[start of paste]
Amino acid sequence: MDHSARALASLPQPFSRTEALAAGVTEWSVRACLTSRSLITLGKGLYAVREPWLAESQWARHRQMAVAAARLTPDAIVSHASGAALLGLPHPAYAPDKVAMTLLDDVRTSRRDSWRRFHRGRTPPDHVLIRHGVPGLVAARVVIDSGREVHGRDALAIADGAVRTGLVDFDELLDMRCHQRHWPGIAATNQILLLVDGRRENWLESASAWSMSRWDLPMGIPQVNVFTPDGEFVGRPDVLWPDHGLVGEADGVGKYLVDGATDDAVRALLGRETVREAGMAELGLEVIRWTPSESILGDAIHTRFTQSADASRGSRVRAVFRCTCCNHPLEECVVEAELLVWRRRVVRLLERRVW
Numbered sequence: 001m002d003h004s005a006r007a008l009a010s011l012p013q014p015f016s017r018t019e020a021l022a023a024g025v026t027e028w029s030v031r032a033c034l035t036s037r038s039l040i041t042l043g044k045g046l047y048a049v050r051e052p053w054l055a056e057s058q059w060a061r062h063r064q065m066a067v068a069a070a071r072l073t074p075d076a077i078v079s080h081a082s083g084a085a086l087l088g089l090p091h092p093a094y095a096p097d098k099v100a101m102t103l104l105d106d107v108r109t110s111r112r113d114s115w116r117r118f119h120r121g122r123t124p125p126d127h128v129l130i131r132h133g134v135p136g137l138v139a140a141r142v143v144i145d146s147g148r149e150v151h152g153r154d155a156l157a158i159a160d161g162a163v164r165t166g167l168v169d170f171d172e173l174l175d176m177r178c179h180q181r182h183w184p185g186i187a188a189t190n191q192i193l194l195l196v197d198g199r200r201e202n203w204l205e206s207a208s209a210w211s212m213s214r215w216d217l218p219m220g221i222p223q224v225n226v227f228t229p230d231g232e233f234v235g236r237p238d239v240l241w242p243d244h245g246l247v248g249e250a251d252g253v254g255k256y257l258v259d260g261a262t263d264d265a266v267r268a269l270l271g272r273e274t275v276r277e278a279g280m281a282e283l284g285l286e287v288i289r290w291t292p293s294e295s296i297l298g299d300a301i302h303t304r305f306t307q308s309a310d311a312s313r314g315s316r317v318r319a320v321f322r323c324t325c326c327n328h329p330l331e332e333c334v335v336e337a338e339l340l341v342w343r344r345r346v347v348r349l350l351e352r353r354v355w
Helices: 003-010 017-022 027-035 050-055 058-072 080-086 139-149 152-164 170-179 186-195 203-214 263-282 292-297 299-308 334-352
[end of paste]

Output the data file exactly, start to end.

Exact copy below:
Amino acid sequence: MDHSARALASLPQPFSRTEALAAGVTEWSVRACLTSRSLITLGKGLYAVREPWLAESQWARHRQMAVAAARLTPDAIVSHASGAALLGLPHPAYAPDKVAMTLLDDVRTSRRDSWRRFHRGRTPPDHVLIRHGVPGLVAARVVIDSGREVHGRDALAIADGAVRTGLVDFDELLDMRCHQRHWPGIAATNQILLLVDGRRENWLESASAWSMSRWDLPMGIPQVNVFTPDGEFVGRPDVLWPDHGLVGEADGVGKYLVDGATDDAVRALLGRETVREAGMAELGLEVIRWTPSESILGDAIHTRFTQSADASRGSRVRAVFRCTCCNHPLEECVVEAELLVWRRRVVRLLERRVW
Numbered sequence: 001m002d003h004s005a006r007a008l009a010s011l012p013q014p015f016s017r018t019e020a021l022a023a024g025v026t027e028w029s030v031r032a033c034l035t036s037r038s039l040i041t042l043g044k045g046l047y048a049v050r051e052p053w054l055a056e057s058q059w060a061r062h063r064q065m066a067v068a069a070a071r072l073t074p075d076a077i078v079s080h081a082s083g084a085a086l087l088g089l090p091h092p093a094y095a096p097d098k099v100a101m102t103l104l105d106d107v108r109t110s111r112r113d114s115w116r117r118f119h120r121g122r123t124p125p126d127h128v129l130i131r132h133g134v135p136g137l138v139a140a141r142v143v144i145d146s147g148r149e150v151h152g153r154d155a156l157a158i159a160d161g162a163v164r165t166g167l168v169d170f171d172e173l174l175d176m177r178c179h180q181r182h183w184p185g186i187a188a189t190n191q192i193l194l195l196v197d198g199r200r201e202n203w204l205e206s207a208s209a210w211s212m213s214r215w216d217l218p219m220g221i222p223q224v225n226v227f228t229p230d231g232e233f234v235g236r237p238d239v240l241w242p243d244h245g246l247v248g249e250a251d252g253v254g255k256y257l258v259d260g261a262t263d264d265a266v267r268a269l270l271g272r273e274t275v276r277e278a279g280m281a282e283l284g285l286e287v288i289r290w291t292p293s294e295s296i297l298g299d300a301i302h303t304r305f306t307q308s309a310d311a312s313r314g315s316r317v318r319a320v321f322r323c324t325c326c327n328h329p330l331e332e333c334v335v336e337a338e339l340l341v342w343r344r345r346v347v348r349l350l351e352r353r354v355w
Helices: 003-010 017-022 027-035 050-055 058-072 080-086 139-149 152-164 170-179 186-195 203-214 263-282 292-297 299-308 334-352